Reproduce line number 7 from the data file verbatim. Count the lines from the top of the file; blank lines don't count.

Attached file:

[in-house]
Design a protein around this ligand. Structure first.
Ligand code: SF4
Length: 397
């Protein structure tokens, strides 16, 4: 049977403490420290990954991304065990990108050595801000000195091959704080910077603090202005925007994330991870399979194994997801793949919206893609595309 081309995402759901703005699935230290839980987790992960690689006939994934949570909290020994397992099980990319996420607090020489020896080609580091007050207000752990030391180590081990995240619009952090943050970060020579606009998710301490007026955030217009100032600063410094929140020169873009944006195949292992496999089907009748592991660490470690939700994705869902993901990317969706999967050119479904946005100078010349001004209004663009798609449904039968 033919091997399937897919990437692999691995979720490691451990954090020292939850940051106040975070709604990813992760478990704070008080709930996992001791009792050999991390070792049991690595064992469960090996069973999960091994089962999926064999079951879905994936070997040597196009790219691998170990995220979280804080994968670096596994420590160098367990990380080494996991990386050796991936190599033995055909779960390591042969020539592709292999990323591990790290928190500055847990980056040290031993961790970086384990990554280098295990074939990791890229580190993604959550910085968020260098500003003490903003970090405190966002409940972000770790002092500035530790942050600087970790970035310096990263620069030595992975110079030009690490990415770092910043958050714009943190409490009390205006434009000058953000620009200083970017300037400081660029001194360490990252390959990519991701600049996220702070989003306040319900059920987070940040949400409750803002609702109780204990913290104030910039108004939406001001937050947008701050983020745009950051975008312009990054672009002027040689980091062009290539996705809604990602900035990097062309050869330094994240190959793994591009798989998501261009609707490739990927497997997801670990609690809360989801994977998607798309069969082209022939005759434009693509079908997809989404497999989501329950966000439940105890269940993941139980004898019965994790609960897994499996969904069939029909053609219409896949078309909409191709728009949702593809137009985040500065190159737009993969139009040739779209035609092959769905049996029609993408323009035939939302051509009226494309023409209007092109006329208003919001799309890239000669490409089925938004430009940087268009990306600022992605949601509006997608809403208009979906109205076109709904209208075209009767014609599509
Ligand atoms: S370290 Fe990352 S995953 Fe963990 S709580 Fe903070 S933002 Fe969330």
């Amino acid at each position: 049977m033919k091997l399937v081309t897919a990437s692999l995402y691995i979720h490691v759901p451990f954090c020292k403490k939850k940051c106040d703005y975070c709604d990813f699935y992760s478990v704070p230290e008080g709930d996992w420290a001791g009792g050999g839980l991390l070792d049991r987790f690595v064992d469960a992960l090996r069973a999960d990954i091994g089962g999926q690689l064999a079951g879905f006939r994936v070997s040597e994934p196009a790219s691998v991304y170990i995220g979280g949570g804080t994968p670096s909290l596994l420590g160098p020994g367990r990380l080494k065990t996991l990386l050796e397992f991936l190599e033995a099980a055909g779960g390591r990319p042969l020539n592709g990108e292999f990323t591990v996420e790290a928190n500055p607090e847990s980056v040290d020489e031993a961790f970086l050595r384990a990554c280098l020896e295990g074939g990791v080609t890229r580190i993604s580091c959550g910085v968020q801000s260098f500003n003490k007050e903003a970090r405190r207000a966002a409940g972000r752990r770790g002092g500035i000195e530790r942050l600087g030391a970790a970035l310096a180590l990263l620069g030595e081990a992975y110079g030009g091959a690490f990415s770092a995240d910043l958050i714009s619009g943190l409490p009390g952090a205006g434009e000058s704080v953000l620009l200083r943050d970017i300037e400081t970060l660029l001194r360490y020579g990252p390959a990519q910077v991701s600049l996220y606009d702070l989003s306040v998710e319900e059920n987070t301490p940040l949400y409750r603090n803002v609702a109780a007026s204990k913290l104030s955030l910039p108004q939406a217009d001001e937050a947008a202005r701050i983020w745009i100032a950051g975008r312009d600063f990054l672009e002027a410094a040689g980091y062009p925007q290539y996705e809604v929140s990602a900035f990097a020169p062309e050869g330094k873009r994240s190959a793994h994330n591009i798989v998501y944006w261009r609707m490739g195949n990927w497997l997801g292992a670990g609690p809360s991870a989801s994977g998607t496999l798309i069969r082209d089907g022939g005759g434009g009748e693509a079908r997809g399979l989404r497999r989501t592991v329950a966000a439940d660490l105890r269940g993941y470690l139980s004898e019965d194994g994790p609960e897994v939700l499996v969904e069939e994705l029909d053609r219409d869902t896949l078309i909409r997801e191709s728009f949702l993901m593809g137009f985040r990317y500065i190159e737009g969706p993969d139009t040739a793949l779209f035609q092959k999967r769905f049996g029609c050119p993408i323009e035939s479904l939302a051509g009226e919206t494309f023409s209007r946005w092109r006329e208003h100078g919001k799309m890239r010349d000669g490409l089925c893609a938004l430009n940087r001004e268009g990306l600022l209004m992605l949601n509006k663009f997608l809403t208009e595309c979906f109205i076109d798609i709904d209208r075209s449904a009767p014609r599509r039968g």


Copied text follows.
């Amino acid at each position: 049977m033919k091997l399937v081309t897919a990437s692999l995402y691995i979720h490691v759901p451990f954090c020292k403490k939850k940051c106040d703005y975070c709604d990813f699935y992760s478990v704070p230290e008080g709930d996992w420290a001791g009792g050999g839980l991390l070792d049991r987790f690595v064992d469960a992960l090996r069973a999960d990954i091994g089962g999926q690689l064999a079951g879905f006939r994936v070997s040597e994934p196009a790219s691998v991304y170990i995220g979280g949570g804080t994968p670096s909290l596994l420590g160098p020994g367990r990380l080494k065990t996991l990386l050796e397992f991936l190599e033995a099980a055909g779960g390591r990319p042969l020539n592709g990108e292999f990323t591990v996420e790290a928190n500055p607090e847990s980056v040290d020489e031993a961790f970086l050595r384990a990554c280098l020896e295990g074939g990791v080609t890229r580190i993604s580091c959550g910085v968020q801000s260098f500003n003490k007050e903003a970090r405190r207000a966002a409940g972000r752990r770790g002092g500035i000195e530790r942050l600087g030391a970790a970035l310096a180590l990263l620069g030595e081990a992975y110079g030009g091959a690490f990415s770092a995240d910043l958050i714009s619009g943190l409490p009390g952090a205006g434009e000058s704080v953000l620009l200083r943050d970017i300037e400081t970060l660029l001194r360490y020579g990252p390959a990519q910077v991701s600049l996220y606009d702070l989003s306040v998710e319900e059920n987070t301490p940040l949400y409750r603090n803002v609702a109780a007026s204990k913290l104030s955030l910039p108004q939406a217009d001001e937050a947008a202005r701050i983020w745009i100032a950051g975008r312009d600063f990054l672009e002027a410094a040689g980091y062009p925007q290539y996705e809604v929140s990602a900035f990097a020169p062309e050869g330094k873009r994240s190959a793994h994330n591009i798989v998501y944006w261009r609707m490739g195949n990927w497997l997801g292992a670990g609690p809360s991870a989801s994977g998607t496999l798309i069969r082209d089907g022939g005759g434009g009748e693509a079908r997809g399979l989404r497999r989501t592991v329950a966000a439940d660490l105890r269940g993941y470690l139980s004898e019965d194994g994790p609960e897994v939700l499996v969904e069939e994705l029909d053609r219409d869902t896949l078309i909409r997801e191709s728009f949702l993901m593809g137009f985040r990317y500065i190159e737009g969706p993969d139009t040739a793949l779209f035609q092959k999967r769905f049996g029609c050119p993408i323009e035939s479904l939302a051509g009226e919206t494309f023409s209007r946005w092109r006329e208003h100078g919001k799309m890239r010349d000669g490409l089925c893609a938004l430009n940087r001004e268009g990306l600022l209004m992605l949601n509006k663009f997608l809403t208009e595309c979906f109205i076109d798609i709904d209208r075209s449904a009767p014609r599509r039968g």